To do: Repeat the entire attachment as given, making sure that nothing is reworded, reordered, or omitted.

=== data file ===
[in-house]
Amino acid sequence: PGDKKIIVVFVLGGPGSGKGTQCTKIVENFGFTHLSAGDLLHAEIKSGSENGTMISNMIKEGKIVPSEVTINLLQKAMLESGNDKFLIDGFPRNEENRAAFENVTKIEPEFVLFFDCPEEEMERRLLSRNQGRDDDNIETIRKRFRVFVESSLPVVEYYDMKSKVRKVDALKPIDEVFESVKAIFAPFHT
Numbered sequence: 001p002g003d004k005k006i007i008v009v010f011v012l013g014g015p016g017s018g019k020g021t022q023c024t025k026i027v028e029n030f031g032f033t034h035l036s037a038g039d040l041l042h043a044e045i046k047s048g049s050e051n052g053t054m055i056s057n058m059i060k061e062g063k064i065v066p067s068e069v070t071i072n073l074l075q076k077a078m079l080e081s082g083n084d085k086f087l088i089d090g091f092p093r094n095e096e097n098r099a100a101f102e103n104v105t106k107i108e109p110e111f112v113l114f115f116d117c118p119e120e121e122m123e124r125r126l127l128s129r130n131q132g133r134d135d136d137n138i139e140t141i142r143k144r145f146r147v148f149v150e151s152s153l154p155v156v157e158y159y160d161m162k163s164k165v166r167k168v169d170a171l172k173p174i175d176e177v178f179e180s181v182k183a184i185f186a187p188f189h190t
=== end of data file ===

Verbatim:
[in-house]
Amino acid sequence: PGDKKIIVVFVLGGPGSGKGTQCTKIVENFGFTHLSAGDLLHAEIKSGSENGTMISNMIKEGKIVPSEVTINLLQKAMLESGNDKFLIDGFPRNEENRAAFENVTKIEPEFVLFFDCPEEEMERRLLSRNQGRDDDNIETIRKRFRVFVESSLPVVEYYDMKSKVRKVDALKPIDEVFESVKAIFAPFHT
Numbered sequence: 001p002g003d004k005k006i007i008v009v010f011v012l013g014g015p016g017s018g019k020g021t022q023c024t025k026i027v028e029n030f031g032f033t034h035l036s037a038g039d040l041l042h043a044e045i046k047s048g049s050e051n052g053t054m055i056s057n058m059i060k061e062g063k064i065v066p067s068e069v070t071i072n073l074l075q076k077a078m079l080e081s082g083n084d085k086f087l088i089d090g091f092p093r094n095e096e097n098r099a100a101f102e103n104v105t106k107i108e109p110e111f112v113l114f115f116d117c118p119e120e121e122m123e124r125r126l127l128s129r130n131q132g133r134d135d136d137n138i139e140t141i142r143k144r145f146r147v148f149v150e151s152s153l154p155v156v157e158y159y160d161m162k163s164k165v166r167k168v169d170a171l172k173p174i175d176e177v178f179e180s181v182k183a184i185f186a187p188f189h190t